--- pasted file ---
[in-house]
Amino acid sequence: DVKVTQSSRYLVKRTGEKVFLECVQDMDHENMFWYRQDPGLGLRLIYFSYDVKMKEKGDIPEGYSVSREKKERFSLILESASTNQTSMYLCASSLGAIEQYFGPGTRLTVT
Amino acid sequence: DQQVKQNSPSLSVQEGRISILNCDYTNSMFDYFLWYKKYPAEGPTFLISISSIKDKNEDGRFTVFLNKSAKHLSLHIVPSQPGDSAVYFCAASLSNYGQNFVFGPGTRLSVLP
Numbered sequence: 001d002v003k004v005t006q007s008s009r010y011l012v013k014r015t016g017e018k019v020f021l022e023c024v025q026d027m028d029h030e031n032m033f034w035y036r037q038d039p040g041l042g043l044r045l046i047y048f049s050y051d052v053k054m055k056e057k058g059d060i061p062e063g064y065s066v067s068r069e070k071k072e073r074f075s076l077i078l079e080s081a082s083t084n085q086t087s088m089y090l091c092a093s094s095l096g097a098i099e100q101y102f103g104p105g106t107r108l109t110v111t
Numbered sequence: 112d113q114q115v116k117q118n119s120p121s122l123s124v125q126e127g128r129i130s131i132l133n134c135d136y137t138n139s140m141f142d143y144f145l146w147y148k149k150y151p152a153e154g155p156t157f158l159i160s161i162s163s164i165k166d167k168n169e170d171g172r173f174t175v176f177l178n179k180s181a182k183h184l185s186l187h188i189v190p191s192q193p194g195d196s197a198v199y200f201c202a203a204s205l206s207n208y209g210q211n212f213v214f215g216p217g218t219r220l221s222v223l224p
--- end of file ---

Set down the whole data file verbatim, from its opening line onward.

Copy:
[in-house]
Amino acid sequence: DVKVTQSSRYLVKRTGEKVFLECVQDMDHENMFWYRQDPGLGLRLIYFSYDVKMKEKGDIPEGYSVSREKKERFSLILESASTNQTSMYLCASSLGAIEQYFGPGTRLTVT
Amino acid sequence: DQQVKQNSPSLSVQEGRISILNCDYTNSMFDYFLWYKKYPAEGPTFLISISSIKDKNEDGRFTVFLNKSAKHLSLHIVPSQPGDSAVYFCAASLSNYGQNFVFGPGTRLSVLP
Numbered sequence: 001d002v003k004v005t006q007s008s009r010y011l012v013k014r015t016g017e018k019v020f021l022e023c024v025q026d027m028d029h030e031n032m033f034w035y036r037q038d039p040g041l042g043l044r045l046i047y048f049s050y051d052v053k054m055k056e057k058g059d060i061p062e063g064y065s066v067s068r069e070k071k072e073r074f075s076l077i078l079e080s081a082s083t084n085q086t087s088m089y090l091c092a093s094s095l096g097a098i099e100q101y102f103g104p105g106t107r108l109t110v111t
Numbered sequence: 112d113q114q115v116k117q118n119s120p121s122l123s124v125q126e127g128r129i130s131i132l133n134c135d136y137t138n139s140m141f142d143y144f145l146w147y148k149k150y151p152a153e154g155p156t157f158l159i160s161i162s163s164i165k166d167k168n169e170d171g172r173f174t175v176f177l178n179k180s181a182k183h184l185s186l187h188i189v190p191s192q193p194g195d196s197a198v199y200f201c202a203a204s205l206s207n208y209g210q211n212f213v214f215g216p217g218t219r220l221s222v223l224p